BACKGROUND: Since coronavirus disease 2019 (COVID-19) has caused dramatic changes in everyday life, a major concern is whether patients have adequate access to mental health care despite shelter-in-place ordinances, school closures, and social distancing practices. OBJECTIVES: The aim was to examine the availability of telehealth services at outpatient mental health treatment facilities in the United States at the outset of the COVID-19 pandemic, and to identify facility-level characteristics and state-level policies associated with the availability. RESEARCH DESIGN: Observational cross-sectional study. SUBJECTS: All outpatient mental health treatment facilities (N=8860) listed in the Behavioral Health Treatment Services Locator of the Substance Abuse and Mental Health Services Administration on April 16, 2020. MEASURES: Primary outcome is whether an outpatient mental health treatment facility reported offering telehealth services. RESULTS: Approximately 43% of outpatient mental health facilities in the United States reported telehealth availability at the outset of the pandemic. Facilities located in the United States South and nonmetropolitan counties were more likely to offer services, as were facilities with public sector ownership, those providing care for both children and adults, and those accepting Medicaid as a form of payment. Outpatient mental health treatment facilities located in states with state-wide shelter-in-place laws were less likely to offer telehealth, as well as facilities in counties with more COVID-19 cases per 10,000 population. CONCLUSIONS: At the onset of the COVID-19 pandemic, fewer than half of outpatient mental health treatment facilities were providing telehealth services. Our results suggest that additional policies to promote telehealth may be warranted to increase availability over the course of the COVID-19 pandemic.


Subject(s)
Ambulatory Care/statistics & numerical data , COVID-19/prevention & control , Health Services Accessibility/statistics & numerical data , Mental Health Services/statistics & numerical data , Telemedicine/statistics & numerical data , Ambulatory Care/organization & administration , COVID-19/epidemiology , COVID-19/transmission , Cross-Sectional Studies , Geography , Health Services Accessibility/organization & administration , Humans , Mental Health Services/organization & administration , Pandemics/prevention & control , Physical Distancing , Telemedicine/organization & administration , United States/epidemiology
13.
J Addict Med ; 14(6): e366-e368, 2020 12.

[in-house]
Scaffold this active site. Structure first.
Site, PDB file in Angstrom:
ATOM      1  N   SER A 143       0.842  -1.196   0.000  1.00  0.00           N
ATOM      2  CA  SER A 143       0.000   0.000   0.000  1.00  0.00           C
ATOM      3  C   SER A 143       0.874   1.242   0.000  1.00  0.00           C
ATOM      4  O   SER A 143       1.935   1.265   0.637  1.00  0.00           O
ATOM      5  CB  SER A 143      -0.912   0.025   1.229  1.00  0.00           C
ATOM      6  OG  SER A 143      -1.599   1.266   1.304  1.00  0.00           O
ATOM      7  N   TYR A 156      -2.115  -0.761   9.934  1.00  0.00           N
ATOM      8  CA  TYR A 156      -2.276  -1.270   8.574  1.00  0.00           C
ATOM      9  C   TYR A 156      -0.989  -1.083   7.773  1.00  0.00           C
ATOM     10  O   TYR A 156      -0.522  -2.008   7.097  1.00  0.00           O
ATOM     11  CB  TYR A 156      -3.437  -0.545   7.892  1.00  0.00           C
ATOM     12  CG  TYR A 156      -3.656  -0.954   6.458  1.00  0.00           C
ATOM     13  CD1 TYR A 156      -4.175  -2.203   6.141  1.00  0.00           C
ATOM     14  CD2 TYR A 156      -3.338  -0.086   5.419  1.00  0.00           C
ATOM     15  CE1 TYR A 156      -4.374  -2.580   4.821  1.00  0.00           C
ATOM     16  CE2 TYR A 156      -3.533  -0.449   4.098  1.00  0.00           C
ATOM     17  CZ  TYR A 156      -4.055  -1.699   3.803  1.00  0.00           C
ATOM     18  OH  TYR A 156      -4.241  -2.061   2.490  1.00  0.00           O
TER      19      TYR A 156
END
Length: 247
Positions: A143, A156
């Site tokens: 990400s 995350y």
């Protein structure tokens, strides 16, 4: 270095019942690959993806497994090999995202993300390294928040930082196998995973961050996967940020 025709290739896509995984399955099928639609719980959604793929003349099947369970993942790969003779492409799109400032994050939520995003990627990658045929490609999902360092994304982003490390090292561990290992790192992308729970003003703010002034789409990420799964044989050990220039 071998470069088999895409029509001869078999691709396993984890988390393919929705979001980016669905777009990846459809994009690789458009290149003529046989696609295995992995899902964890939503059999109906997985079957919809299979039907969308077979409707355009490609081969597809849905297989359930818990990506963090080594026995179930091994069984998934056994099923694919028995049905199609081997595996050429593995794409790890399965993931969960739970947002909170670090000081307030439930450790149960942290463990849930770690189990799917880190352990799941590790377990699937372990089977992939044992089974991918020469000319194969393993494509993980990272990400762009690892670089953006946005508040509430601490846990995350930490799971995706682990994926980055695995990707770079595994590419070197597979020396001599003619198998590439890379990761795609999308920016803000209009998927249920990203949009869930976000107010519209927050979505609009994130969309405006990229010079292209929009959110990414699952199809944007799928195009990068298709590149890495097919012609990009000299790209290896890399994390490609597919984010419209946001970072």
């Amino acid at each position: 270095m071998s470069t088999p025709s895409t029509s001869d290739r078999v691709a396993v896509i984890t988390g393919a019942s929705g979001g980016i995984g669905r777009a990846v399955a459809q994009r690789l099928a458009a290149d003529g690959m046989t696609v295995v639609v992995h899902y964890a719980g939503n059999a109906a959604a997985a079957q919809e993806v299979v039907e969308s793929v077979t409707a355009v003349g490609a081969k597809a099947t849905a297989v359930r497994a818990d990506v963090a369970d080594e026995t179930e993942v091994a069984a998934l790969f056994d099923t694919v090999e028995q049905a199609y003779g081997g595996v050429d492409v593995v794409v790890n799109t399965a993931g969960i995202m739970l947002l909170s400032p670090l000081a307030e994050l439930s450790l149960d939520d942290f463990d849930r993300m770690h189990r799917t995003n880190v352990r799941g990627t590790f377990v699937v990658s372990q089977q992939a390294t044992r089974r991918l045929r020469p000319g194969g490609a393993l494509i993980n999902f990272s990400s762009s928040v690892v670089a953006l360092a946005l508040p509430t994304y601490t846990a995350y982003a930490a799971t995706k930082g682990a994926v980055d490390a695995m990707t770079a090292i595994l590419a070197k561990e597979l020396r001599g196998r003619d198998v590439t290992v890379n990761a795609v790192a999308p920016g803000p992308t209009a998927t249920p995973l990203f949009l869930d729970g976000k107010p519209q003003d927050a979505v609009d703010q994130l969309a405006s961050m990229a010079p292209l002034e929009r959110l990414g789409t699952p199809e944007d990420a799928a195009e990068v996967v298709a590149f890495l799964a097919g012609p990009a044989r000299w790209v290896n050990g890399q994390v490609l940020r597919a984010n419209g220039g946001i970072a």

Article in English | MEDLINE | ID: covidwho-811243

ABSTRACT

OBJECTIVE: To quantify the availability of telehealth services at substance use treatment facilities in the U.S. at the beginning of the COVID-19 pandemic, and determine whether telehealth is available at facilities in counties with the greatest amount of social distancing. METHODS: We merged county-level measures of social distancing through April 18, 2020 to detailed administrative data on substance use treatment facilities. We then calculated the number and share of treatment facilities that offered telehealth services by whether residents of the county social distanced or not. Finally, we estimated a logistic regression that predicted the offering of telehealth services using both county- and facility-level characteristics. RESULTS: Approximately 27% of substance use facilities in the U.S. reported telehealth availability at the outset of the pandemic. Treatment facilities in counties with a greater social distancing were less likely to possess telemedicine capability. Similarly, nonopioid treatment programs that offered buprenorphine or vivitrol in counties with a greater burden of COVID-19 were less likely to offer telemedicine when compared to similar facilities in counties with a lower burden of COVID-19. CONCLUSIONS: Relatively few substance use treatment facilities offered telehealth services at the onset of the COVID-19 pandemic. Policymakers and public health officials should do more to support facilities in offering telehealth services.


Subject(s)
Coronavirus Infections/epidemiology , Infection Control/methods , Pneumonia, Viral/epidemiology , Substance Abuse Treatment Centers/methods , Substance-Related Disorders/therapy , Telemedicine , COVID-19 , Coronavirus Infections/prevention & control , Humans , Pandemics/prevention & control , Pneumonia, Viral/prevention & control , Substance Abuse Treatment Centers/organization & administration , Substance Abuse Treatment Centers/statistics & numerical data , Telemedicine/methods , Telemedicine/statistics & numerical data , United States
SELECTION OF CITATIONS
SEARCH DETAIL